There will been many comparisons between Darren Aranofsky’s new film “The Fountain” and “2001.” This is not surprising, given that both films are thematically driven sci-fi epics that feature: (1) long voyages through space and (2) monkey cameos.

But tonally, the two films could not be more different. Kubrick’s masterpiece is cinema as mathematics, a ruthlessly rational argument that human evolution has been stymied by our dependence on technology. “The Fountain,” on the other hand, is an unapologetically emotional exploration of love and death; it does not try to make you think. It tries to make you feel.

The film is divided into three stories, though each neatly mirrors the others. In one, a 17th century Spanish conquistador (Hugh Jackman) seeks out the “tree of life” in in order to achieve immortality for himself and his beloved, Queen Isabel of Spain (Rachel Weisz). In the second story, Tom, a modern medical researcher, (also Jackman) feverishly seeks a cure for cancer, even as his beautiful wife Izzy (also Weisz) dies of the disease. In the third story, an astronaut (who may or may not be Tom) travels across space to a nebula which he hopes will confer everlasting life to a tree (which may or may not be Izzy).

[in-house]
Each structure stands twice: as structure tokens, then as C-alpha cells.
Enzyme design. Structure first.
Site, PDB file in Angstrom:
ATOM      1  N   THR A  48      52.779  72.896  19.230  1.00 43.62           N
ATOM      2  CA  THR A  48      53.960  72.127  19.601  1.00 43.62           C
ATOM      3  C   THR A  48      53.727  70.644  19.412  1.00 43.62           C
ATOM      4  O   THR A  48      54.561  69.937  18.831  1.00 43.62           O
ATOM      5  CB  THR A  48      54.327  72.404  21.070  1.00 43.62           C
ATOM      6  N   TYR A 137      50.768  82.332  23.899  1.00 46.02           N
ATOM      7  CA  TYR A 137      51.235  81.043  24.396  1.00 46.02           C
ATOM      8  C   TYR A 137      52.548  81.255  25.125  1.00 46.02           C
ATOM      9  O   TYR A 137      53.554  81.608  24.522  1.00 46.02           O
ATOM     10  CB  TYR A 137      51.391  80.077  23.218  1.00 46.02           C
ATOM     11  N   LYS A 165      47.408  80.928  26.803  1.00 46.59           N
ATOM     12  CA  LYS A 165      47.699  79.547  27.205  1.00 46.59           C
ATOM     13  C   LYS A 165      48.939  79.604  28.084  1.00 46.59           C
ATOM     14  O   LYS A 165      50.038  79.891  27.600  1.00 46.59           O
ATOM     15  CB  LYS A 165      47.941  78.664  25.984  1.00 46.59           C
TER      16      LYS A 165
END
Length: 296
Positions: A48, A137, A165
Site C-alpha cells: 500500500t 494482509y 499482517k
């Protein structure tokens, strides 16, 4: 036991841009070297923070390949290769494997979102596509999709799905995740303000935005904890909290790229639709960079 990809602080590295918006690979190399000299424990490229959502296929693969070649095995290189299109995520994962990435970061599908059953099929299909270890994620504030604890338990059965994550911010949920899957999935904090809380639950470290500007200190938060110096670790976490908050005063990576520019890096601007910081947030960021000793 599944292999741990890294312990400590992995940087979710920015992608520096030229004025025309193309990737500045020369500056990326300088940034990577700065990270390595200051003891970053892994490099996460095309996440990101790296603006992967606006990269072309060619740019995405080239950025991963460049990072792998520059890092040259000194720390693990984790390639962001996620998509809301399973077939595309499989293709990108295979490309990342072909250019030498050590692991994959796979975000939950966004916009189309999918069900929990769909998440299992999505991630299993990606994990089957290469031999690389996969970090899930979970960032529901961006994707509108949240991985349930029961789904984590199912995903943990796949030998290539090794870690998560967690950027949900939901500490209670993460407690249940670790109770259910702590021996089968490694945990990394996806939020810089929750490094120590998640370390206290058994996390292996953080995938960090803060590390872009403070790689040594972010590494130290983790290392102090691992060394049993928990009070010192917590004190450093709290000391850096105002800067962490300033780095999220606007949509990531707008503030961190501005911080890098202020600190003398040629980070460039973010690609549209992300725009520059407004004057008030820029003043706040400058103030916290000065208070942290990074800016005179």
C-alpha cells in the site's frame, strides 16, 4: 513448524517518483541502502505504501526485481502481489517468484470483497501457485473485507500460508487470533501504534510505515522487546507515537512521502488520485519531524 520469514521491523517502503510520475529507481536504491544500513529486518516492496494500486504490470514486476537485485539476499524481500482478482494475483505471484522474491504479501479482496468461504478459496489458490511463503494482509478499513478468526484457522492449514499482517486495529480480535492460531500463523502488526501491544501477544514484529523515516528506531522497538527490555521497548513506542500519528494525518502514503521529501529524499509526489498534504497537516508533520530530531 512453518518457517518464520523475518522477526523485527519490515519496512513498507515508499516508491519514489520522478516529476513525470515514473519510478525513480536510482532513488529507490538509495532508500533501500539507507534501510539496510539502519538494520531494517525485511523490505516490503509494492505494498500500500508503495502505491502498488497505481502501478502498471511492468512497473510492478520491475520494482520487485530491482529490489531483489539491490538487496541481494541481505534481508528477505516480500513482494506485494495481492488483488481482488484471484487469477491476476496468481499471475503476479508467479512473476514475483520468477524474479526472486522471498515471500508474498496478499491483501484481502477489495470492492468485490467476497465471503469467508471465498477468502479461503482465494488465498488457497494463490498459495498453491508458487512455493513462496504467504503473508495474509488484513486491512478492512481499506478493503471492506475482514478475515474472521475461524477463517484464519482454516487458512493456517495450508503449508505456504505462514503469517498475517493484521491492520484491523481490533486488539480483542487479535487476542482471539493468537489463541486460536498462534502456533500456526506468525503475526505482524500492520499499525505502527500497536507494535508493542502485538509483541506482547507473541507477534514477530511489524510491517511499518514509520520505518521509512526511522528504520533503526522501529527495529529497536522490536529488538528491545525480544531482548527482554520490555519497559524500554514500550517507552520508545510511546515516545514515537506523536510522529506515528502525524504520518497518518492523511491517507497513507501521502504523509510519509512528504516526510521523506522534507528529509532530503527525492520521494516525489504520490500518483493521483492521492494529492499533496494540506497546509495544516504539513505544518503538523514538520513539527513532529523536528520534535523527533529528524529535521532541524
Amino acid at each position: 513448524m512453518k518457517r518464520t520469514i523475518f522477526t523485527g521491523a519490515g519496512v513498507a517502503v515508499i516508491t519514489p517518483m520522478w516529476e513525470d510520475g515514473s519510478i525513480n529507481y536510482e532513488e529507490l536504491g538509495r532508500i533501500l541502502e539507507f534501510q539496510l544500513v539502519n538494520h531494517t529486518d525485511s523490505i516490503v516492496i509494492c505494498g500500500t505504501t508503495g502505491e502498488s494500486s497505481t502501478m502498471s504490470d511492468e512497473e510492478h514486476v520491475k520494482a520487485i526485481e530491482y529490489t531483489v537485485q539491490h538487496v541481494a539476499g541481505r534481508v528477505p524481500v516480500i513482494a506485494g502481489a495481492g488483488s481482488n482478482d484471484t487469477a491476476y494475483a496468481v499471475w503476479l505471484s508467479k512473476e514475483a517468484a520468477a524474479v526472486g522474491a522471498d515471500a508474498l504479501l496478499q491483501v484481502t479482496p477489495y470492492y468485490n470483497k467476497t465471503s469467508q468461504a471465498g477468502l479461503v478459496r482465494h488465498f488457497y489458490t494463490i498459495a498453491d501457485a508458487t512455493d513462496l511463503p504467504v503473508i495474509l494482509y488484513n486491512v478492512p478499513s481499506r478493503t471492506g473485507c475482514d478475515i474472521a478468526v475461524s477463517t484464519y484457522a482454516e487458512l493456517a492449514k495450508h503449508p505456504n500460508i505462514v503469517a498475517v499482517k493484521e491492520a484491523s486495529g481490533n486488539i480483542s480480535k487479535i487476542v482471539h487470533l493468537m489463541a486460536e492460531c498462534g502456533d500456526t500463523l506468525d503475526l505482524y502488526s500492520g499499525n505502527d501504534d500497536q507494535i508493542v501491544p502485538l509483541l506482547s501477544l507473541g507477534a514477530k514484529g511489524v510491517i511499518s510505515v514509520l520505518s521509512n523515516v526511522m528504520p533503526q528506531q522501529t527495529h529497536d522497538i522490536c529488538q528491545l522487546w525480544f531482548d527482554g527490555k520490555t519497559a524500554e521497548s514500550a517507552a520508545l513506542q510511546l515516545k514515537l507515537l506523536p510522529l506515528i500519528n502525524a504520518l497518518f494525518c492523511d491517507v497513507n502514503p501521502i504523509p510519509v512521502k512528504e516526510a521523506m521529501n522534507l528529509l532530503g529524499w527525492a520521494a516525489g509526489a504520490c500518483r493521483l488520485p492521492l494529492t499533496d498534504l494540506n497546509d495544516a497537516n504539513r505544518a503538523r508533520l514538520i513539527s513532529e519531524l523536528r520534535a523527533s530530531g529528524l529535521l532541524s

The characters are achetypes, so universal that their names might as well be “Man” and “Woman.” In each story, the man seeks to jealously protect the object of his affection from her own mortality, from her own nature. “The Fountain” argues that this is a fool’s errand, for it is our mortality that makes true love possible; we can only truly appreciate each other when we realize that our time together will eventually, inevitably come to an end.

But to flatly recite the film’s theme, as I have above, is to recite the lyrics of a song without its accompanying music. And “The Fountain” contains some of the most heart-rending “music” of any American film in recent memory. Despite its exotic locales across time and space, the relationships in the film seem hauntingly familiar. Tom refuses to accompany Izzy on a walk in the snow, because he is too busy trying to cure her. But she does not want his cure, she has made peace with her fate and now only wants his love. My heart broke, just a little, at this scene, perhaps because I know that I have essentially done the same thing in the past. When the astronaut travels through cold, infinite space in order to revive the one great love of his life, I realized why he had to make this journey, even as I realized that it was doomed to fail.

The film is less successful when it tries for a pompous grandeur that is at odds with the naked emotion of the rest of the film. When Jackman’s astronaut engages in zero-gravity Tai Chi within a space bubble, I have to admit I laughed out loud. It would make a really awesome late-70’s Pink Floyd album cover, but, in the film, it feels out of place. Just as silly is the bug-eyed, Mayan priest who, in the midst of a sword fight, tells the Spanish conquistador, “Death is the road to awe.” Come to think of it, that would be a really good name for a Pink Floyd song.

“The Fountain” is not a perfect film, but it is unlike any other I have seen this year. It has tugged at me for days, and I suspect it will continue to do so for years to come.